Proteins & Amino Acids: Importance & Dietary Needs

Proteins & Amino Acids: Importance & Dietary Needs
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  • 0:01 Protein in our Body
  • 0:25 What Are Proteins and…
  • 1:17 Complete and…
  • 2:30 Sources of Protein
  • 3:22 How Much Protein Do I Need?
  • 4:53 Lesson Summary
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Lesson Transcript
Instructor: Artem Cheprasov
Can protein become fat? How much protein do we need? What's the difference between an essential and a complete protein? You'll find out that and much more as we go over the nutritional aspects of proteins.

Protein in Our Body

Lots of people drink protein shakes after exercising at the gym. Some even do so right before and during exercise. This is all done in order to help build muscle, which is made of protein. While protein is used for muscle, it's also used by so many other structures in our body, ranging from hair to bone! Protein is virtually everywhere and anywhere in our body, and we need it to live a healthy life.

What Are Proteins and Amino Acids?

But what are proteins really? Proteins are important nutrients made of amino acids. Amino acids are the building blocks of proteins and are made from carbon, hydrogen, nitrogen, and oxygen.

If a protein is a Lego building, then an amino acid is a Lego block. Amino acids come together like a bunch of small blocks to form larger structures called proteins. It's as simple as that.

I mentioned before how proteins are important in many structures, including bone and muscle. But proteins go way beyond making up the structures in the body.

For instance, certain types of proteins, called enzymes, help speed up biochemical reactions in our body. Without these enzymes, we simply wouldn't be able to exist.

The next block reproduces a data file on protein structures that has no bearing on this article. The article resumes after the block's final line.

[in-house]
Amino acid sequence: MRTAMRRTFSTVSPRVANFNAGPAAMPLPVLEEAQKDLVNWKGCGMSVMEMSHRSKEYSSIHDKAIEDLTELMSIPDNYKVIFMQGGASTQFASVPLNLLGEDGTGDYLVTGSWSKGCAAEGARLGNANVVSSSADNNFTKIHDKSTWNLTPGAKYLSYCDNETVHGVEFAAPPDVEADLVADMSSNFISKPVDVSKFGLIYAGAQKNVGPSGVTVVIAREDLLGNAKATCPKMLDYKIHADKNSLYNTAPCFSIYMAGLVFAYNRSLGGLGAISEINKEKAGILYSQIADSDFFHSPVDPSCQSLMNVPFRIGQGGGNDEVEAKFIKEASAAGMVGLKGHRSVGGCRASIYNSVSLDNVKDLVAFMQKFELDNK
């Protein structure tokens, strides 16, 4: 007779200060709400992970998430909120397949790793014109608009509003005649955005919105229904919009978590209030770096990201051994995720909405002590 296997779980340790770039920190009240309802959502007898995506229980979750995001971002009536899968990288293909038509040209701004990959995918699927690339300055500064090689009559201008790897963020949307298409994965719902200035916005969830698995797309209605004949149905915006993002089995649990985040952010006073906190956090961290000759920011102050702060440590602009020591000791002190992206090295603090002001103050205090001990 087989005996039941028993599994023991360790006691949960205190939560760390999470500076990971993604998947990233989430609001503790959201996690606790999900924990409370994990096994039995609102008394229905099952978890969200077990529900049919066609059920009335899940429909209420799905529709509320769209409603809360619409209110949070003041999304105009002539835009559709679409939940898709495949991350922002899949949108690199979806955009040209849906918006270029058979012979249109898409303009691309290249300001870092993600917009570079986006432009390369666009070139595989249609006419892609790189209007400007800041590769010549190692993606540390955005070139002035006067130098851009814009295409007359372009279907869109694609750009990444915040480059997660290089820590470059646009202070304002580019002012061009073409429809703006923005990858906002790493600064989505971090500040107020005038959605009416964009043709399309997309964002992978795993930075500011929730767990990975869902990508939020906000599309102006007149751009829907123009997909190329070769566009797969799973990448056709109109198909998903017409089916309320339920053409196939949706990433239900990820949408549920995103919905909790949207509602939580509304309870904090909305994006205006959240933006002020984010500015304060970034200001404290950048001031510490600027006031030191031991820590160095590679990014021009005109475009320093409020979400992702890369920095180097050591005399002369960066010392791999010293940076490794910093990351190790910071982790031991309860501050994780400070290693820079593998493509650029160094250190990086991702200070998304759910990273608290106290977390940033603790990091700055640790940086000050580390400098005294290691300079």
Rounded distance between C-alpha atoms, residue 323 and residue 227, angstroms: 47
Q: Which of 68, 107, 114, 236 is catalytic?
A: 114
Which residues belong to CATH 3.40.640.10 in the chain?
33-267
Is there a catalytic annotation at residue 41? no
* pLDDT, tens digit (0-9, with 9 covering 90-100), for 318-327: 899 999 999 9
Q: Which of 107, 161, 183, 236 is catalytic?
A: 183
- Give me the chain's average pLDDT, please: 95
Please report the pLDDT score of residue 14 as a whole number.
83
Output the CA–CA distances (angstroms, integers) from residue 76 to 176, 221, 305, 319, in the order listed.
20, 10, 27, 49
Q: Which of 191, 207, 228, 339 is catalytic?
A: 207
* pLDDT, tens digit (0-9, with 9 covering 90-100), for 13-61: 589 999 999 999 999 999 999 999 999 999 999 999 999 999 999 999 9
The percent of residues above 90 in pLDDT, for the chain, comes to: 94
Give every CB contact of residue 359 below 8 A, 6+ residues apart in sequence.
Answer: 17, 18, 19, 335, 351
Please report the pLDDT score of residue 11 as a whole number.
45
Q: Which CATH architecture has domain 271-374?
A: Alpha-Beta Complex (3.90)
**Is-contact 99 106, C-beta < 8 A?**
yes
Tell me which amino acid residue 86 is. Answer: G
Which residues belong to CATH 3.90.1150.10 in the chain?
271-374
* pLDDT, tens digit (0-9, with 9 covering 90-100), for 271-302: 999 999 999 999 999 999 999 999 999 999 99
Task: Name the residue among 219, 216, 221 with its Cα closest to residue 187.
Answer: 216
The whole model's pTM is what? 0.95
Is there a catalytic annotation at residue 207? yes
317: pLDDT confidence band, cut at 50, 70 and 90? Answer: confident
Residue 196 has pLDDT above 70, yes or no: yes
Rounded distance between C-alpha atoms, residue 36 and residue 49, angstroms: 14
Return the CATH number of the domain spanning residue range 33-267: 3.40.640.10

These enzymes and other proteins help our body grow and repair itself in general.

Complete and Incomplete Proteins

But enough about the boring biochemical stuff! Let's move on to terms you've probably heard before on daytime TV shows.

There are twenty common amino acids. Of these, nine are considered essential amino acids. Essential amino acids are amino acids that must be obtained from the diet, because they cannot be made by the body.

Now, don't get too scared as I list off the essential amino acids. You don't have to memorize them for me, but I thought you may be interested to know what they are if you like to look for these things on ingredient labels on protein shakes. The essential amino acids are histidine, isoleucine, leucine, lycine, methionine, phenylalanine, threonine, tryptophan, and valine.

Be that as it may, even remembering the much simpler stuff I went over, you'll now be able to understand what a complete protein is. A complete protein is a food that has all essential amino acids contained within it. A food that doesn't have all nine essential amino acids is known as an incomplete protein.

Sources of Protein

Knowing this, play along with me. Pause the video and list some of the things you eat throughout your normal day. Guess which ones are complete and incomplete protein sources. Once you've finished, continue watching the video or reading below as we go over the sources of complete and incomplete proteins to see which ones you eat the most of.

Okay, hopefully you've completed your little assignment. Complete sources of protein include:

  • Milk
  • Cheese
  • Eggs
  • Meat
  • Fish
  • Poultry
  • Soy

Basically, if it's a soy or an animal product, it's a complete protein source.

Common sources of incomplete proteins are:

  • Grains
  • Vegetables
  • Legumes (like peas)
  • Nuts

How Much Protein Do I Need?

Overall, it is recommended that, on average, 10-35 percent of a person's daily caloric intake comes from protein.

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